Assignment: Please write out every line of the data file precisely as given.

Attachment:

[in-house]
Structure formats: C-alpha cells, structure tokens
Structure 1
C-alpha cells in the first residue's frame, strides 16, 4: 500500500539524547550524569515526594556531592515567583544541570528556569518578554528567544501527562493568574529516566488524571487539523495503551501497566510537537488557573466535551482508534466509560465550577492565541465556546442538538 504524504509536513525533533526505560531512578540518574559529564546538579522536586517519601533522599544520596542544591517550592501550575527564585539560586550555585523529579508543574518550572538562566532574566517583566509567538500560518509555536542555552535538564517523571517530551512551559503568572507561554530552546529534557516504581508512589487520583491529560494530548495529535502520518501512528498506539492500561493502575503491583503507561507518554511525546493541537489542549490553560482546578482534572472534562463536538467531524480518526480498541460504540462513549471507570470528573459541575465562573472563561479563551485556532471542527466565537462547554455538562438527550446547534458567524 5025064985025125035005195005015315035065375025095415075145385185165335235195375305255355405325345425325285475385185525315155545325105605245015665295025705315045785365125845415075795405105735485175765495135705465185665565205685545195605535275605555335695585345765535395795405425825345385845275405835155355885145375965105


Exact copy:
[in-house]
Structure formats: C-alpha cells, structure tokens
Structure 1
C-alpha cells in the first residue's frame, strides 16, 4: 500500500539524547550524569515526594556531592515567583544541570528556569518578554528567544501527562493568574529516566488524571487539523495503551501497566510537537488557573466535551482508534466509560465550577492565541465556546442538538 504524504509536513525533533526505560531512578540518574559529564546538579522536586517519601533522599544520596542544591517550592501550575527564585539560586550555585523529579508543574518550572538562566532574566517583566509567538500560518509555536542555552535538564517523571517530551512551559503568572507561554530552546529534557516504581508512589487520583491529560494530548495529535502520518501512528498506539492500561493502575503491583503507561507518554511525546493541537489542549490553560482546578482534572472534562463536538467531524480518526480498541460504540462513549471507570470528573459541575465562573472563561479563551485556532471542527466565537462547554455538562438527550446547534458567524 5025064985025125035005195005015315035065375025095415075145385185165335235195375305255355405325345425325285475385185525315155545325105605245015665295025705315045785365125845415075795405105735485175765495135705465185665565205685545195605535275605555335695585345765535395795405425825345385845275405835155355885145375965105